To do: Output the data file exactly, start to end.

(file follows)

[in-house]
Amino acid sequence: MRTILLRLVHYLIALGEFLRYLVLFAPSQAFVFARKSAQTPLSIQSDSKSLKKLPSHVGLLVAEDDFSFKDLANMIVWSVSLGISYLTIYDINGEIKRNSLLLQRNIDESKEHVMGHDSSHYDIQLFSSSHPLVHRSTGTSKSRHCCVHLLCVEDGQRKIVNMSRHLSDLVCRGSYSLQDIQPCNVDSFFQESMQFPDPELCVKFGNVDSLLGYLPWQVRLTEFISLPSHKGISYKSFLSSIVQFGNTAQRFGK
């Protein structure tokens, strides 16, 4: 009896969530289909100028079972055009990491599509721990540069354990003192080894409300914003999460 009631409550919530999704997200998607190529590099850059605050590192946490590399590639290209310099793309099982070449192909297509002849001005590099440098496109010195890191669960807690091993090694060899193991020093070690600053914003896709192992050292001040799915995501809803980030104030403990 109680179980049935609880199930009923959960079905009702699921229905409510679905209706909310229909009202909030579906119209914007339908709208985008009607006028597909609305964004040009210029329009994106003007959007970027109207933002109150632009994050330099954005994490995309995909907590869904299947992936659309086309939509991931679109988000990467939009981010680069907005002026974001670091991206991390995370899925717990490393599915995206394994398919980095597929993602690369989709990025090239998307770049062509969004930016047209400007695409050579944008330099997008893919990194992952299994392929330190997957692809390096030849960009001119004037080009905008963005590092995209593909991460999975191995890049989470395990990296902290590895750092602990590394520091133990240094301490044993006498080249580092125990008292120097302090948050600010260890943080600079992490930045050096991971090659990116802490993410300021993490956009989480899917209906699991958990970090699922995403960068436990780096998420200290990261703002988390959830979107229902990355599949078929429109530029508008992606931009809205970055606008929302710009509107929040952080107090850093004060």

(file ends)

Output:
[in-house]
Amino acid sequence: MRTILLRLVHYLIALGEFLRYLVLFAPSQAFVFARKSAQTPLSIQSDSKSLKKLPSHVGLLVAEDDFSFKDLANMIVWSVSLGISYLTIYDINGEIKRNSLLLQRNIDESKEHVMGHDSSHYDIQLFSSSHPLVHRSTGTSKSRHCCVHLLCVEDGQRKIVNMSRHLSDLVCRGSYSLQDIQPCNVDSFFQESMQFPDPELCVKFGNVDSLLGYLPWQVRLTEFISLPSHKGISYKSFLSSIVQFGNTAQRFGK
């Protein structure tokens, strides 16, 4: 009896969530289909100028079972055009990491599509721990540069354990003192080894409300914003999460 009631409550919530999704997200998607190529590099850059605050590192946490590399590639290209310099793309099982070449192909297509002849001005590099440098496109010195890191669960807690091993090694060899193991020093070690600053914003896709192992050292001040799915995501809803980030104030403990 109680179980049935609880199930009923959960079905009702699921229905409510679905209706909310229909009202909030579906119209914007339908709208985008009607006028597909609305964004040009210029329009994106003007959007970027109207933002109150632009994050330099954005994490995309995909907590869904299947992936659309086309939509991931679109988000990467939009981010680069907005002026974001670091991206991390995370899925717990490393599915995206394994398919980095597929993602690369989709990025090239998307770049062509969004930016047209400007695409050579944008330099997008893919990194992952299994392929330190997957692809390096030849960009001119004037080009905008963005590092995209593909991460999975191995890049989470395990990296902290590895750092602990590394520091133990240094301490044993006498080249580092125990008292120097302090948050600010260890943080600079992490930045050096991971090659990116802490993410300021993490956009989480899917209906699991958990970090699922995403960068436990780096998420200290990261703002988390959830979107229902990355599949078929429109530029508008992606931009809205970055606008929302710009509107929040952080107090850093004060």